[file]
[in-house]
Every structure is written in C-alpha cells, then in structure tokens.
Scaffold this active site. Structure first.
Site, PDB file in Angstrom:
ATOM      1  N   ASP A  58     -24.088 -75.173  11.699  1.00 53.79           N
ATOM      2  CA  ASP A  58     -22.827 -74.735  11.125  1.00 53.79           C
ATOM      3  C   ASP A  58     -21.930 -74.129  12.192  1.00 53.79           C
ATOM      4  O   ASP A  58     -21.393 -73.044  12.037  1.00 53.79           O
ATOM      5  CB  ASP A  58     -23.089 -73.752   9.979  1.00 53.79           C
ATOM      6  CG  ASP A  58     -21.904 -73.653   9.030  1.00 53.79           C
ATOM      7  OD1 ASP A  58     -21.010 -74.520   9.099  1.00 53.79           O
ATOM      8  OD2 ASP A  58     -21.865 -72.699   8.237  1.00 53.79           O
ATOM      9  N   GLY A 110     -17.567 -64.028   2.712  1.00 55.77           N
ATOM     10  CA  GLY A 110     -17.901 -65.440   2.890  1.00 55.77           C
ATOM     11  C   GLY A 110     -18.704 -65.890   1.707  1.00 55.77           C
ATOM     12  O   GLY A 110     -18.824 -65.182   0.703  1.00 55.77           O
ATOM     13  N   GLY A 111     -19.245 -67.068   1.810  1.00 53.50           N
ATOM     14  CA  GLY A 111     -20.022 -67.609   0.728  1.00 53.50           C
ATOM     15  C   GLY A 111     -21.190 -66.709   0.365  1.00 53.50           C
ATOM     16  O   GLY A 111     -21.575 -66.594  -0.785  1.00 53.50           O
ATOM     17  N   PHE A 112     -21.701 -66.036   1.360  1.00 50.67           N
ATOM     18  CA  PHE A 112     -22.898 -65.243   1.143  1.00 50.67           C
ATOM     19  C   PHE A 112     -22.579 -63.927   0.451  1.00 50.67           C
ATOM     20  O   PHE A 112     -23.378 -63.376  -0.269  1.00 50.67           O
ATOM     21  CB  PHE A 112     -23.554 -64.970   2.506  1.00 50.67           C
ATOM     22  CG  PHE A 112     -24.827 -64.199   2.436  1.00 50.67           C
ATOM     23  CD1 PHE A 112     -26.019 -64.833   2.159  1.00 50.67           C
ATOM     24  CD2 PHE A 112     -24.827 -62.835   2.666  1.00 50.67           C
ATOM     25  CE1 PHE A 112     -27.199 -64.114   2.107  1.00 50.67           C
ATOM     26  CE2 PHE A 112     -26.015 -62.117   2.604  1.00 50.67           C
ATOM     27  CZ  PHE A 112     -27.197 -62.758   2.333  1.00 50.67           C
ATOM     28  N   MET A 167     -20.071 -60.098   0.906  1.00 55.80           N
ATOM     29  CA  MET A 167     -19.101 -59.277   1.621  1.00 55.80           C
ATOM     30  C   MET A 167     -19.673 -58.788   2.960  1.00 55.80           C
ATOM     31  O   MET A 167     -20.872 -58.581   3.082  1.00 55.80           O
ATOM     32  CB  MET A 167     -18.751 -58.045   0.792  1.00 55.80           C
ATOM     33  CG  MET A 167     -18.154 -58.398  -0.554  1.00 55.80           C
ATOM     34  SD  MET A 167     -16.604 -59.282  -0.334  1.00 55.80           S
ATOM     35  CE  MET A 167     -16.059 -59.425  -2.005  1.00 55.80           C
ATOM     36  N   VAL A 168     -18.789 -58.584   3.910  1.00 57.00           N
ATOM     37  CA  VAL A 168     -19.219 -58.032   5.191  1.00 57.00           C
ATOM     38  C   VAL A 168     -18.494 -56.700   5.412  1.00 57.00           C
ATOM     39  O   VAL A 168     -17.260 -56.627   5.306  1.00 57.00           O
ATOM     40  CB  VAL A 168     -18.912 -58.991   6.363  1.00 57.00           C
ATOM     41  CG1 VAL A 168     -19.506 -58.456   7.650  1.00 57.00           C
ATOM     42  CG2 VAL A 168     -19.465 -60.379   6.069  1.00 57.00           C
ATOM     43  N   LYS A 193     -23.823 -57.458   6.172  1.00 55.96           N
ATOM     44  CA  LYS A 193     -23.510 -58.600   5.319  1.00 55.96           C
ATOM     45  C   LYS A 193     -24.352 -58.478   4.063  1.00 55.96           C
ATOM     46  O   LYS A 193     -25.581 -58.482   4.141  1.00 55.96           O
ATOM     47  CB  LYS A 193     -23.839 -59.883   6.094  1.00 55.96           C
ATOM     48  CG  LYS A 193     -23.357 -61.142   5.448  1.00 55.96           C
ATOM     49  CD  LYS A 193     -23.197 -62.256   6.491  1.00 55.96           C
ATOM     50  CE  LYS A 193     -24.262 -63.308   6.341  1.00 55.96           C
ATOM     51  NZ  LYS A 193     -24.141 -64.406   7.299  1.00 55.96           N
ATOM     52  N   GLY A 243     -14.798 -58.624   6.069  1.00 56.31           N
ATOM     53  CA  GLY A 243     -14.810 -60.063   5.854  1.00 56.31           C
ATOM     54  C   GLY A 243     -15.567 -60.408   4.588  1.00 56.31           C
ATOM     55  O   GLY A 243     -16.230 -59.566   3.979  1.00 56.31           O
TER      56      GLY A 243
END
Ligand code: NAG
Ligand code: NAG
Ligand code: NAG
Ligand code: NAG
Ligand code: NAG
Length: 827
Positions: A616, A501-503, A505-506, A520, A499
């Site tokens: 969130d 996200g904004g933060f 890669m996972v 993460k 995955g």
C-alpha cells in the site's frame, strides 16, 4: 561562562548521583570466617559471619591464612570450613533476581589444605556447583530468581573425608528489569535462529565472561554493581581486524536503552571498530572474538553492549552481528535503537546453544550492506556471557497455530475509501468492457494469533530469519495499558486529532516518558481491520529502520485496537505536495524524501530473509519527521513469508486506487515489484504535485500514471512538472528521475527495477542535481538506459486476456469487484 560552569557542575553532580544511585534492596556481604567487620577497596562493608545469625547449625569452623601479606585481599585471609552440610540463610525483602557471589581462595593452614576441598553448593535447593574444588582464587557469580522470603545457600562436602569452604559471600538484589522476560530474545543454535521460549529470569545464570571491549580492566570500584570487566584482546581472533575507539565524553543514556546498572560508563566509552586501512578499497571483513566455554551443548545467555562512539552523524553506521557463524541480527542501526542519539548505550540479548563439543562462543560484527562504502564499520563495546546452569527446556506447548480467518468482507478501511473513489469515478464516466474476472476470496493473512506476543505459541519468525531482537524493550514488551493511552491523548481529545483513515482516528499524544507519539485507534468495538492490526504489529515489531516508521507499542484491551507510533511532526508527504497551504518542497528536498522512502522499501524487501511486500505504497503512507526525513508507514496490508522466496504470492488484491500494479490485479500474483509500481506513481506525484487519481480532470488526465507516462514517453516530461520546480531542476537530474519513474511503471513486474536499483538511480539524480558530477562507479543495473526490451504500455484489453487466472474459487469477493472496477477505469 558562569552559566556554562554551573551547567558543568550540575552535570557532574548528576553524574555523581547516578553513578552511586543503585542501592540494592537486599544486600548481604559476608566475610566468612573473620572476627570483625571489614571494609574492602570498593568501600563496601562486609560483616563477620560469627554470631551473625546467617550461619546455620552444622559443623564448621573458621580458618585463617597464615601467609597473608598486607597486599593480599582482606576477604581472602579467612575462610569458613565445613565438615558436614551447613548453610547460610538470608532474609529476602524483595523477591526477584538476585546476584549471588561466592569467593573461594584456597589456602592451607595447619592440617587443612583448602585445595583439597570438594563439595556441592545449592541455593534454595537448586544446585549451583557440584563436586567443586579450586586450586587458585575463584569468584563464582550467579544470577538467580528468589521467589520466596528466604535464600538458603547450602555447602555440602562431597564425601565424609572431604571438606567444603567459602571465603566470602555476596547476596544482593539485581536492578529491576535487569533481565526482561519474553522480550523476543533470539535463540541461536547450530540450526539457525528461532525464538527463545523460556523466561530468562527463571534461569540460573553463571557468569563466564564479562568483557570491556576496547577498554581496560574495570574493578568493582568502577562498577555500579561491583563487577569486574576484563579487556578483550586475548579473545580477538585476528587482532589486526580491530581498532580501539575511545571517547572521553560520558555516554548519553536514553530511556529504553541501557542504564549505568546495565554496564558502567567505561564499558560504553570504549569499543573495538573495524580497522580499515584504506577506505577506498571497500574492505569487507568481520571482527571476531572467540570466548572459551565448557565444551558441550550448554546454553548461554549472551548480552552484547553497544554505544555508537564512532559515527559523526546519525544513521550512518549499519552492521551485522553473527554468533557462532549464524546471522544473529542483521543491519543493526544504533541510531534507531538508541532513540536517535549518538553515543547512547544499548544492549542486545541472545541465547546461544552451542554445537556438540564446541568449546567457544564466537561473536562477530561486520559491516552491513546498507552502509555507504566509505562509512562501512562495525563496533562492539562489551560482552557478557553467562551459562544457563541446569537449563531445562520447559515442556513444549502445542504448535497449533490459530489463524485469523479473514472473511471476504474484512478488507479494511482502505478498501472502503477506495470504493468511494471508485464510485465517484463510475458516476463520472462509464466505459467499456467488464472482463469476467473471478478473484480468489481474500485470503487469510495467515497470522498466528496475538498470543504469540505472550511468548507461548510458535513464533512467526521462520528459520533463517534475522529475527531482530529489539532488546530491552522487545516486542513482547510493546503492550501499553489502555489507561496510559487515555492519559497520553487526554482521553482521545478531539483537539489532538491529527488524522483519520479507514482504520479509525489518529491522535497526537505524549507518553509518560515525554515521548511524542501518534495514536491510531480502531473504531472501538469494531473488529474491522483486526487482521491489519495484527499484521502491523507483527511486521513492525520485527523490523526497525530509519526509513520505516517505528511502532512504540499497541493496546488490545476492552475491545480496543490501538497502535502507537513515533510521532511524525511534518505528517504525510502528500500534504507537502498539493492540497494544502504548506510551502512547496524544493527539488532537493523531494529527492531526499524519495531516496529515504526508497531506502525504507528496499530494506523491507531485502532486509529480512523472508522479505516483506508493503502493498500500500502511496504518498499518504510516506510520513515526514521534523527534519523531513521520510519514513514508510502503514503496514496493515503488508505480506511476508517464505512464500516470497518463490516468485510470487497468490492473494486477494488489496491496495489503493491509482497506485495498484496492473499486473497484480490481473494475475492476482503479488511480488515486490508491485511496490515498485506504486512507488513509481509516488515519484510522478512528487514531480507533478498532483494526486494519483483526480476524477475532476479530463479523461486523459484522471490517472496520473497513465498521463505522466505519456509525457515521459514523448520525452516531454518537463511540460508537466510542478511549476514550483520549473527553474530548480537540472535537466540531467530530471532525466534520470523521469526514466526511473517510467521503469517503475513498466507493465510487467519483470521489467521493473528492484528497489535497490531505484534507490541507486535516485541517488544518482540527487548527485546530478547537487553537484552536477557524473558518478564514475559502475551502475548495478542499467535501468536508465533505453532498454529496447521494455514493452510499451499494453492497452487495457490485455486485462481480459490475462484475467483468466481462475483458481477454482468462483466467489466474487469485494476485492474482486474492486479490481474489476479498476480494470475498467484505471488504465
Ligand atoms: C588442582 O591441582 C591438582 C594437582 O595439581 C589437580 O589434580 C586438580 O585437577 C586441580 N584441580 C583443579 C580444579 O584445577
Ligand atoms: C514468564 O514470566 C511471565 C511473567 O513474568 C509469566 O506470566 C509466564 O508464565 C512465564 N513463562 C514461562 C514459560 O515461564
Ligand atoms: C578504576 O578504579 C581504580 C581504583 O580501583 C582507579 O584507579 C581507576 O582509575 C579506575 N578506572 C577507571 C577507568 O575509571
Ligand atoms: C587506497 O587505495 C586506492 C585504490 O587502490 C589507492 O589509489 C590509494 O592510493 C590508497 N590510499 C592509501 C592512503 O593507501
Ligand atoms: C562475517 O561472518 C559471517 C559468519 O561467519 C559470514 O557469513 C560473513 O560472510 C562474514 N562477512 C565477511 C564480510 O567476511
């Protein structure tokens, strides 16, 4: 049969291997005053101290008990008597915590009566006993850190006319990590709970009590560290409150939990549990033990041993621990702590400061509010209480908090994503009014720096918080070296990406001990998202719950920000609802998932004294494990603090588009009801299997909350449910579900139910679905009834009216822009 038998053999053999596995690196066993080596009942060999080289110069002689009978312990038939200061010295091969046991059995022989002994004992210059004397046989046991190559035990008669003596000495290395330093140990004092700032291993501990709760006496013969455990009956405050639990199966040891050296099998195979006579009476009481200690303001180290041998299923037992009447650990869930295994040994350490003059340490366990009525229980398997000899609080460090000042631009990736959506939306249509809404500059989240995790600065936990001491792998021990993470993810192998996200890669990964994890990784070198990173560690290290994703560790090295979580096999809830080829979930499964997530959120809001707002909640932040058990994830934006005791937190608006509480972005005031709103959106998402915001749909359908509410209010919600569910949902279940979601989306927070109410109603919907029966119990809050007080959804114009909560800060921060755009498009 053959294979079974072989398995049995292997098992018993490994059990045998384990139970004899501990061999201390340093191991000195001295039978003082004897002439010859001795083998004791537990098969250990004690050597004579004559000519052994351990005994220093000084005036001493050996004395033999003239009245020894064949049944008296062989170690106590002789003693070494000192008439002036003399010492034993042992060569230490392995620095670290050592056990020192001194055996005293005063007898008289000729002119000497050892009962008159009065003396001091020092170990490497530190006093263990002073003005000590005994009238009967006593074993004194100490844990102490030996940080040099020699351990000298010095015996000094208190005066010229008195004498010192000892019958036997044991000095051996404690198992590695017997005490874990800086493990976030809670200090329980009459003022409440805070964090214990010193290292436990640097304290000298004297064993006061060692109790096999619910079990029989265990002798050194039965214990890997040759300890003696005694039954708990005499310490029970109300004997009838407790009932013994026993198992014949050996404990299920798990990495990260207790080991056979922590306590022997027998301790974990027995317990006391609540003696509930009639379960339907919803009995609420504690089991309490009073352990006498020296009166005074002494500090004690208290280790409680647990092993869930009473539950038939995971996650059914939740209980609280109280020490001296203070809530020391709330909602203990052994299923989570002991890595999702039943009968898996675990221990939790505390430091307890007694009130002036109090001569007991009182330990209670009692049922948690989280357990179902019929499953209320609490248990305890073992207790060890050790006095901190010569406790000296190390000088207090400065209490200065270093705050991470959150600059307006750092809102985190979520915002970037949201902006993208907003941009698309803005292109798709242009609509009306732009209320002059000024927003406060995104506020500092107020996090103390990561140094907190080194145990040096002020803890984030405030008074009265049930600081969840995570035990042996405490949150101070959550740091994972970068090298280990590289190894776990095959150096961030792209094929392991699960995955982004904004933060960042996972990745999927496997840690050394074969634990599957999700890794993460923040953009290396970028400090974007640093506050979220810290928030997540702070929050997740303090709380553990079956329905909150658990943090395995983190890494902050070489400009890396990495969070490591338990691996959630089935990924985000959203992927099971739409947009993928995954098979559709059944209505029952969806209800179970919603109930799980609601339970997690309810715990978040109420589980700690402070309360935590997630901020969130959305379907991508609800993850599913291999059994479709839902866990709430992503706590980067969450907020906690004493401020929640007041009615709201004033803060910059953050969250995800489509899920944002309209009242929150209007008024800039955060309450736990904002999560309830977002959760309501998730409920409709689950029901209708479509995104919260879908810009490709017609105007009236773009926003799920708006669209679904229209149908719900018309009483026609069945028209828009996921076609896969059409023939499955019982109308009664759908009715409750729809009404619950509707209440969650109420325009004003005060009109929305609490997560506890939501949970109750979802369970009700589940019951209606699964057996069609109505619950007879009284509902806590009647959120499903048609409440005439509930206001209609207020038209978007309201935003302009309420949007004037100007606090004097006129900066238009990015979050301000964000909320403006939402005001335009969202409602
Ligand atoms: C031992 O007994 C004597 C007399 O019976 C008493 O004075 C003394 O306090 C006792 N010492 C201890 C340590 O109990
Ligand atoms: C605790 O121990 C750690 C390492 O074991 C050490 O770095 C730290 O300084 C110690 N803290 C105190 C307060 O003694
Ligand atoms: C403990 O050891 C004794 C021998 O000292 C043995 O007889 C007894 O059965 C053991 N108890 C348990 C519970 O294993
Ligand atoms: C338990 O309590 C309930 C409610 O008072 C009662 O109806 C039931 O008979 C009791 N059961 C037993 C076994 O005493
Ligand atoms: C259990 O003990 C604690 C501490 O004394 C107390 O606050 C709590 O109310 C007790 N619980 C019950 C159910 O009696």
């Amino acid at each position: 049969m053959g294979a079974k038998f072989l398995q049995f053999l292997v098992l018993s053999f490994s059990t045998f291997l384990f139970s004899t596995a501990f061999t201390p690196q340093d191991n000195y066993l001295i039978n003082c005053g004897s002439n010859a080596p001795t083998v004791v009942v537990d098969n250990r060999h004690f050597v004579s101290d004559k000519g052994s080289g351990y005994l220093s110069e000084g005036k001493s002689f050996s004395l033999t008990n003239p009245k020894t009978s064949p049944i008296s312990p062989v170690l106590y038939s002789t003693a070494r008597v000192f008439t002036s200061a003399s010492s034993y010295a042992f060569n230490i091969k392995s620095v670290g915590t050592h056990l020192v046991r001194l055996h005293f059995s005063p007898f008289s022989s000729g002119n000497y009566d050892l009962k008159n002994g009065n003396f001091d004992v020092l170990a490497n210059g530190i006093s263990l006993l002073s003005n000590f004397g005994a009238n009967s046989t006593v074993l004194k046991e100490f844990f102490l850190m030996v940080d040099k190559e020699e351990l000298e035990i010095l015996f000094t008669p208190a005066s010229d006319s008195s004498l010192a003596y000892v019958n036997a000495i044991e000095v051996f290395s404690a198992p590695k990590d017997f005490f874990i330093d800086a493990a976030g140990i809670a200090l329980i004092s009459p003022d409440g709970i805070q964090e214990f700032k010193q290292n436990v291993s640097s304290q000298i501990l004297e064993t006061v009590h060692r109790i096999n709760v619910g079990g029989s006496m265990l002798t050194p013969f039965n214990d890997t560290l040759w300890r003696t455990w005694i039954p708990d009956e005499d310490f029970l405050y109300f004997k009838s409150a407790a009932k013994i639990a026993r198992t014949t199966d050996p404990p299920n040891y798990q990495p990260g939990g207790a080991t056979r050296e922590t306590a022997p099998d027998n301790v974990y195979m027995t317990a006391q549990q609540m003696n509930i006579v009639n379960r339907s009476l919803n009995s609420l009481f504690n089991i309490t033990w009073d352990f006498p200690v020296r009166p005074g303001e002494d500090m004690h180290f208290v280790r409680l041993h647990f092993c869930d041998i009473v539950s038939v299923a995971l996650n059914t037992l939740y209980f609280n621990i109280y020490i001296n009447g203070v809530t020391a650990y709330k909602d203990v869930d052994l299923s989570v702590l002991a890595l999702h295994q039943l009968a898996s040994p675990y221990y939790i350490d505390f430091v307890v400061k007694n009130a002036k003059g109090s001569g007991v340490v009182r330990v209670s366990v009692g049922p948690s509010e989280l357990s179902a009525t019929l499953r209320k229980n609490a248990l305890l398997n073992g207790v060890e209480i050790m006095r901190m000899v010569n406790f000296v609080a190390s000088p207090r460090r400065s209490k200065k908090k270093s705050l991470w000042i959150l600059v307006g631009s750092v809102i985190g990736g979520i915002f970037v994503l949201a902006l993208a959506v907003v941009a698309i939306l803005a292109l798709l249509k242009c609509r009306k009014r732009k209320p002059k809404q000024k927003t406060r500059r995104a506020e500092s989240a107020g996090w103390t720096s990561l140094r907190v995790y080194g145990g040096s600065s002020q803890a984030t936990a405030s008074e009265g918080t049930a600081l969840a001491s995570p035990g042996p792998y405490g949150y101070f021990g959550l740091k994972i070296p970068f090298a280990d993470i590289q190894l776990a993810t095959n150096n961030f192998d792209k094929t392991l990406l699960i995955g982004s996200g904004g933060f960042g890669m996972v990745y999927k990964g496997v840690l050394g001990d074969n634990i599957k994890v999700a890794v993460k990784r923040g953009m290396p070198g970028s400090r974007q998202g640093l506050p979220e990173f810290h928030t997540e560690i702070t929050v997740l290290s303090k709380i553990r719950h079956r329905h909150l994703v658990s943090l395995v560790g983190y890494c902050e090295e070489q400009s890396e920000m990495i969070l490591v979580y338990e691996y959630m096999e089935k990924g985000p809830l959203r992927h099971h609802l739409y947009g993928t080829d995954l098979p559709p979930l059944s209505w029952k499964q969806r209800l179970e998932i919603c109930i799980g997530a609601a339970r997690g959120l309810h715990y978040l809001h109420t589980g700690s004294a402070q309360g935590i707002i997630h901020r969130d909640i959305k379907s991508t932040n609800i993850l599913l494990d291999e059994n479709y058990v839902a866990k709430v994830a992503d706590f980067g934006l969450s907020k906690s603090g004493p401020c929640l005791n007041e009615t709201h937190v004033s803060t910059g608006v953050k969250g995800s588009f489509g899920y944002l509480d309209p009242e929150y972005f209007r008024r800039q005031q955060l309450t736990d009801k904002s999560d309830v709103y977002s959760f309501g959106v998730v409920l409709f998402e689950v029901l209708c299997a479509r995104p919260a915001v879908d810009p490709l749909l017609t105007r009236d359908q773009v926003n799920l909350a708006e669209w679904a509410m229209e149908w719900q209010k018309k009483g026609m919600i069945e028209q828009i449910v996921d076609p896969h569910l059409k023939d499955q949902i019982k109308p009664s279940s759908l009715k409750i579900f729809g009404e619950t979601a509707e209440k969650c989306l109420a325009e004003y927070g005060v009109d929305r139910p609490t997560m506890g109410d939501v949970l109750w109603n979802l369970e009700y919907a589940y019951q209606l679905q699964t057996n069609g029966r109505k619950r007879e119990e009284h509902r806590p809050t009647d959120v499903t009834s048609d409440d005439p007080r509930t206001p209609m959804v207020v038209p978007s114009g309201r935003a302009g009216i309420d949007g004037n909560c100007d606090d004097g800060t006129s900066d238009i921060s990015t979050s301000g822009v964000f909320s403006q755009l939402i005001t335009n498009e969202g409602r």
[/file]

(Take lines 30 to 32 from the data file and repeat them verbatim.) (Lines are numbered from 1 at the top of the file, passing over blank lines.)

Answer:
ATOM     26  CE2 PHE A 112     -26.015 -62.117   2.604  1.00 50.67           C
ATOM     27  CZ  PHE A 112     -27.197 -62.758   2.333  1.00 50.67           C
ATOM     28  N   MET A 167     -20.071 -60.098   0.906  1.00 55.80           N